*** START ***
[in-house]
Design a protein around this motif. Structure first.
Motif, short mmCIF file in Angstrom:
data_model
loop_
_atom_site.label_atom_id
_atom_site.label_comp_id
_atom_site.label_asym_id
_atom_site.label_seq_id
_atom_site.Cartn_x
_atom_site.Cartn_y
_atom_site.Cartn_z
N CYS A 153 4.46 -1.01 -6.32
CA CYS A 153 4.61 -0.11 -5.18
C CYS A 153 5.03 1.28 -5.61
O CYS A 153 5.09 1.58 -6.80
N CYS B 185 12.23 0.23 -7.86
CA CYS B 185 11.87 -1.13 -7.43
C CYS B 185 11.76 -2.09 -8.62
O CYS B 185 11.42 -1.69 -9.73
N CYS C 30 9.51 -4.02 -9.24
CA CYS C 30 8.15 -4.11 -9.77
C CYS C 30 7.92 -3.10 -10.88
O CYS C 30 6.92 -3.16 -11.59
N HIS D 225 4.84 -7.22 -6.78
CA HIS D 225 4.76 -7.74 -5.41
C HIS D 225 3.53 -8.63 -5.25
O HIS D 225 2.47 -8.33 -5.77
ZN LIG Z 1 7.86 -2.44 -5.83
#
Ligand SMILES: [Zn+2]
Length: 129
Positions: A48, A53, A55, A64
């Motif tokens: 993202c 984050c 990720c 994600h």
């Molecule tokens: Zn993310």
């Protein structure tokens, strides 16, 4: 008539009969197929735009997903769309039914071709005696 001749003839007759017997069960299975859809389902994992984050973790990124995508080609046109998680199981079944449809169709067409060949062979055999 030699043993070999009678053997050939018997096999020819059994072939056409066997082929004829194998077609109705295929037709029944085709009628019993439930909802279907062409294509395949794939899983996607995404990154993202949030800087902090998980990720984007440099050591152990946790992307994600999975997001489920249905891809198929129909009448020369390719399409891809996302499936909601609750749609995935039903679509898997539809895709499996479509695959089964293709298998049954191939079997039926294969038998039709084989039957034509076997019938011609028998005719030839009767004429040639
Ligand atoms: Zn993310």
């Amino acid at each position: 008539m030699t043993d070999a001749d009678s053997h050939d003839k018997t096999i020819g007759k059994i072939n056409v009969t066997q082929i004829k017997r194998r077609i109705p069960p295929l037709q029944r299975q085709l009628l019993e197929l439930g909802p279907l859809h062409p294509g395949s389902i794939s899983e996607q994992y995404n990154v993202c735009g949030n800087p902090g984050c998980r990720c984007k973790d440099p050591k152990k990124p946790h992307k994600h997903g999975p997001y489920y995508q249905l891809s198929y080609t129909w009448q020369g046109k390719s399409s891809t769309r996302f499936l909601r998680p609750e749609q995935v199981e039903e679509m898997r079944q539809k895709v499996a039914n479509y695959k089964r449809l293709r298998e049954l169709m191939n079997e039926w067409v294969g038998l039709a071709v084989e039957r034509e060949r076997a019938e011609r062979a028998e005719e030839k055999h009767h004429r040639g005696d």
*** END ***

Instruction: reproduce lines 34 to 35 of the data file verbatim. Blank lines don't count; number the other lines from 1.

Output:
């Motif tokens: 993202c 984050c 990720c 994600h």
């Molecule tokens: Zn993310």